(1807/14?–1893), the first professional and best-selling Yiddish author. Born in Vilna, Ayzik Meyer Dik (generally known by his pseudonym Amad) received a traditional Jewish education and married young, settling in the Lithuanian town of Zupran where he lived a rowdy life. (Although probably born in 1807, Dik himself gave the year 1814, perhaps to avoid military conscription.) When his first wife died childless, he married the daughter of a wealthy Hasid from Nesvizh (Nezyvius) who supported the couple despite Dik’s aversion to Hasidism. Dik considered both Hasidism and lack of Western education to be the most destructive influences on the advancement of the Jews of Eastern Europe.
Taught German by a Catholic priest, Dik also learned Polish and Russian. In the late 1830s he returned to Vilna, where he and other maskilim established a cultural circle and their own synagogue called Tohorat ha-Kodesh. He published scholarly articles in Hebrew and corresponded with the Russian minister of education, Count Sergei Uvarov, appealing for Jewish educational reform. When Vilna’s first modern Jewish crown school was allowed to open in 1841, Dik taught there for the next 13 years.
In 1843, Dik, along with other maskilim, petitioned Uvarov to prohibit traditional Jewish dress. In 1846, Dik was among those who submitted a report to Moses Montefiore blaming repressive Russian rule for Jewish poverty. Following complaints from Vilna’s strictly Orthodox community, Dik was briefly imprisoned until influential friends obtained his release. Dik then ardently supported the liberal reforms of Alexander II (r. 1855–1881). By 1860, he declared that he would write in Yiddish to offer the unlearned an alternative morality to that found in ancient romances and Hasidic wonder tales. While opposing the Ḥibat Tsiyon movement, Dik fully appreciated the significance of mass Jewish emigration to America and urged many of his friends to leave, especially after the severe repression that followed Alexander’s assassination in 1881.
Honest, affable, and strictly observant, Dik was highly esteemed in Jewish Vilna, but when the school in which he taught was closed in 1864 he suffered great material hardship, emotionally aggravated by the fact that he was not happily married. He was compelled to make ends meet by relying on his wife’s pawn brokerage and by writing stories that he sold to Warsaw publishers for inadequate payments.
Early nineteenth-century Yiddish writers faced not only the opposition of the Orthodox but also publishers who refused to print their texts. Dik was the first maskil whose writing was accepted by the distinguished Jewish publishing house Romm, which signed a contract with him in 1864, after he had lost his teaching job. This was a shrewd publishing decision as Dik’s work became, and for decades remained, the company’s major source of income. For each of the many books Dik subsequently published under their imprint, Romm paid him a flat rate of four rubles, without royalties, even though these publications sold hundreds of copies. In the last years of his life, Dik was seriously ill and virtually indigent. When he died in 1893, he was buried in the new Jewish cemetery in Vilna. Only a tombstone erected later testified to his literary contribution.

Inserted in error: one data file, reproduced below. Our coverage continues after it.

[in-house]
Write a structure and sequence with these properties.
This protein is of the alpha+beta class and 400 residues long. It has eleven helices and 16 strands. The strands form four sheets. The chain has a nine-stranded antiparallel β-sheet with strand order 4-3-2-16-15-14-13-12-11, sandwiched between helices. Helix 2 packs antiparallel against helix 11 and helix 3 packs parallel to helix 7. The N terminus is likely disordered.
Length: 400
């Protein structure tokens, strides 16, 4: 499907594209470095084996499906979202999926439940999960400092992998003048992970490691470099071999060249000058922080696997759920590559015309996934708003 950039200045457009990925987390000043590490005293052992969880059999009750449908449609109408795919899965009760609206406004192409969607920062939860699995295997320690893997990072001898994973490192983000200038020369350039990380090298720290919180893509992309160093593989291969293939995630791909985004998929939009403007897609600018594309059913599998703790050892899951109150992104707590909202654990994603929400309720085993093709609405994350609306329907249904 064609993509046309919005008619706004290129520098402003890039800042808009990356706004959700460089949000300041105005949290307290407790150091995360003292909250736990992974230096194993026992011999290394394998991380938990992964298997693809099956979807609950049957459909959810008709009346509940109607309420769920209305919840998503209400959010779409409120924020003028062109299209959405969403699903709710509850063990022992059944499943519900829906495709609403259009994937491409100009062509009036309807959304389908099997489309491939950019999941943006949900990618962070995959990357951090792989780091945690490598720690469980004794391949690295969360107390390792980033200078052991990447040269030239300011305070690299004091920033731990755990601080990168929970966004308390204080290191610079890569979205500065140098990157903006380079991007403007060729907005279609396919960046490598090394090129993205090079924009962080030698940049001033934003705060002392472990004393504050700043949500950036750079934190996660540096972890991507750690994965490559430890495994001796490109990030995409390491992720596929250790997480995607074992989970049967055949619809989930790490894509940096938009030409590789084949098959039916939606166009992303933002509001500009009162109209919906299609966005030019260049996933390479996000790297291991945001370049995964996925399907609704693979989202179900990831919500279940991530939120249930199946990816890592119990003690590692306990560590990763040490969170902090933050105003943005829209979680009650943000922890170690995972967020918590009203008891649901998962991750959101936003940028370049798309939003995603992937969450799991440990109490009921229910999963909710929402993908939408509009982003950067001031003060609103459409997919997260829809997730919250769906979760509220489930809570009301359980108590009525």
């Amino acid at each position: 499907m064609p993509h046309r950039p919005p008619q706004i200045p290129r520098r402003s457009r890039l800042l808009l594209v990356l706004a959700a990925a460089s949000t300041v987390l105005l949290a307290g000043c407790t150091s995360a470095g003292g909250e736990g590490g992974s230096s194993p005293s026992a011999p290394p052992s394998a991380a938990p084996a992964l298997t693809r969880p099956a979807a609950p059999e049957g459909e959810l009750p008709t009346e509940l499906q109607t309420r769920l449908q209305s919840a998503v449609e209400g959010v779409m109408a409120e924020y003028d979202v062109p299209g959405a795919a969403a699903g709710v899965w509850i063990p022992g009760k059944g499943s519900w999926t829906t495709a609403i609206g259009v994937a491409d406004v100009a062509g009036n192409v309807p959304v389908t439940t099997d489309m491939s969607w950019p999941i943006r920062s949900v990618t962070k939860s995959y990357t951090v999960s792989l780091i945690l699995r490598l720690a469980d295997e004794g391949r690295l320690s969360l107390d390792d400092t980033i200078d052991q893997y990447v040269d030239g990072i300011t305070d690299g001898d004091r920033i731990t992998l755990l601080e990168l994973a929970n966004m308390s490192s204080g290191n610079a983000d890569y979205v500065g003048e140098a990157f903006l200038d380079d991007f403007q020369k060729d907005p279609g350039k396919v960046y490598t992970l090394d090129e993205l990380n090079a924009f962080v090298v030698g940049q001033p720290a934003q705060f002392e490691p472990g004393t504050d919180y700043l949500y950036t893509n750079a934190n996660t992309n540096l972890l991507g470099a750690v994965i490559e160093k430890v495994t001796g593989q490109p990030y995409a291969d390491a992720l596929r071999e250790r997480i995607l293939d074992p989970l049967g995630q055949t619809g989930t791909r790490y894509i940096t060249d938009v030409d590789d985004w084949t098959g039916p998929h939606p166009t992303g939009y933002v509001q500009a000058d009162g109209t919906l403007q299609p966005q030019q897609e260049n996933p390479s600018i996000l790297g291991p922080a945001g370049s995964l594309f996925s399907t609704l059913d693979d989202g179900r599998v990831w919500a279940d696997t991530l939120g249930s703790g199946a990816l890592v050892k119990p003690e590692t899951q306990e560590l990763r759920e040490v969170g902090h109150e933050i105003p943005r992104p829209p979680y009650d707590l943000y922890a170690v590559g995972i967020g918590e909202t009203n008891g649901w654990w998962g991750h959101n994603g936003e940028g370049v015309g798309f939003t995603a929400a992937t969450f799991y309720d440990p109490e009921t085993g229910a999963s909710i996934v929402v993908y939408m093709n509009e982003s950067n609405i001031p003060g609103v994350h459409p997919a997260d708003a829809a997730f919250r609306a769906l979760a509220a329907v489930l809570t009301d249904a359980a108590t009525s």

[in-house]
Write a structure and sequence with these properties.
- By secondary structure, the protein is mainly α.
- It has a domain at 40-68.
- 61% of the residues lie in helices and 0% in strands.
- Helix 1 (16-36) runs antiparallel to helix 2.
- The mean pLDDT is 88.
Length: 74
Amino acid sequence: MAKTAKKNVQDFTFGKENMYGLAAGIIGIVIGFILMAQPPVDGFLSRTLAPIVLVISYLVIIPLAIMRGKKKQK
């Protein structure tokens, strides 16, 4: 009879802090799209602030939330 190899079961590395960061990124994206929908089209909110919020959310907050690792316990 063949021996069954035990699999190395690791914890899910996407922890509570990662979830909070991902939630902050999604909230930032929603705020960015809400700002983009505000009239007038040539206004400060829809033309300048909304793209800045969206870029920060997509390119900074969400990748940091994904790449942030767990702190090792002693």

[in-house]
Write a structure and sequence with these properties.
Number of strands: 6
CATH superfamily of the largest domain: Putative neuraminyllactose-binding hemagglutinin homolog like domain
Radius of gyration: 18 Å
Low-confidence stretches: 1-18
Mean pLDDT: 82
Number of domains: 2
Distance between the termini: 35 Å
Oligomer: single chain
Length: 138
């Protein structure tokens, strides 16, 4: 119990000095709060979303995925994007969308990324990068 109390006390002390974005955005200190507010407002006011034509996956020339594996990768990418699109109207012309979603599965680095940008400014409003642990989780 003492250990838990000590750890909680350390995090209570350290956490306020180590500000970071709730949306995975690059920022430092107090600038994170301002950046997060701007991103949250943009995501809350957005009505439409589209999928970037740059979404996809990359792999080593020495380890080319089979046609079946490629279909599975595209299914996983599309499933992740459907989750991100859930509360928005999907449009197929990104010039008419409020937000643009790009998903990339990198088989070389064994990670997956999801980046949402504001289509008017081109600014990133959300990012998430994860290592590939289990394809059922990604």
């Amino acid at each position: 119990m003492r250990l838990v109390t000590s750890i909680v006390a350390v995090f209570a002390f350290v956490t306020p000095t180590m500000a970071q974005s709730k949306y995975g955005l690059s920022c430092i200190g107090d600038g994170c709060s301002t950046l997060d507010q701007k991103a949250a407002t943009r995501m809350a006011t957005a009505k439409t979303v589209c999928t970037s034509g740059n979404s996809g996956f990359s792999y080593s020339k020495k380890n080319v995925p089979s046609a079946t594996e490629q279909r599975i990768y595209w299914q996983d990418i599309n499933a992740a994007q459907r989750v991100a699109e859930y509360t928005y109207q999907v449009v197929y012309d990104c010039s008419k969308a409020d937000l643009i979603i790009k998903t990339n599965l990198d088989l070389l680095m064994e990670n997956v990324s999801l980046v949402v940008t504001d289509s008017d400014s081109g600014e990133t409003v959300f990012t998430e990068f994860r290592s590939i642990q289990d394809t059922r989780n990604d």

Dik’s best work appeared between 1860 and 1875. Some of the richest stories of this period are “Yekele Goldshlager oder Yekele Mazltov” (Yekel Goldmine or Yekele Good-Fortune; 1859); “Reb Shmaye der gut-yontev biter” (Reb Shmaye the Holiday Well-Wisher; 1860); “Der shadkhn” (The Matchmaker; 1867); “Reb Traytl der kleynshtetldiker noged” (Reb Traytl the Small-Town Croesus; 1867); “Di nakht fun tes-vav Kislev” (The Night of the 15th of Kislev; 1868); “Der ershter nabor” (The First [Tsarist] Recruitment; 1871); and “Reb Shimen Barbun der rabiner fun Maynts oder der drayfakher troym” (Reb Shimen Barbun the Rabbi of Mainz or The Tripartite Dream; 1874).
In simple Yiddish and in the moralizing tone of early chapbooks, Dik subverted traditional forms through parody and satire. He introduced German and Russian words and phrases, elaborately explained in parentheses, while maintaining his readers’ interest with gripping plots. In his introductions, and sometimes even in the middle of stories, he attacked what he regarded as outmoded and destructive traditional practices, including marrying off underage children and forcing wives to become family breadwinners while husbands spent their time studying. Familiar with the daily lives of ordinary people, knowledgeable about folk customs, and with a sharp eye and a retentive memory, Dik greatly assisted the sociocultural awakening of Lithuanian Jewry.
Dik’s books, printed in the modern square-block typeface called ivre-taytsh and vocalized, were readily accessible not only to his “dear lady readers” but also to the learned, who valued them for their use of ethnography, folklore, innovative intertextuality, and clever narrative strategies—all of which strongly influenced subsequent Yiddish fiction. Sholem Aleichem described Dik as “the richest belletrist” in Yiddish, and Shmuel Niger noted that Dik “sometimes forgot that he was a reformer and told a story for its own sake.”
Zalman Reisen (Rejzen), “Dik Ayzik (Yitskhok) Meyer,” in Leksikon fun der yidisher literatur, prese un filologye, vol. 1, cols. 711–734 (Vilnius, 1926); David Roskies, A Bridge of Longing: The Lost Art of Yiddish Storytelling (Cambridge, Mass., 1995), chap. 4.
RG 223, Abraham Sutzkever–Szmerke Kaczerginski, Collection, 1806-1945; RG 360, Shmuel Niger, Papers, 1907-1950s.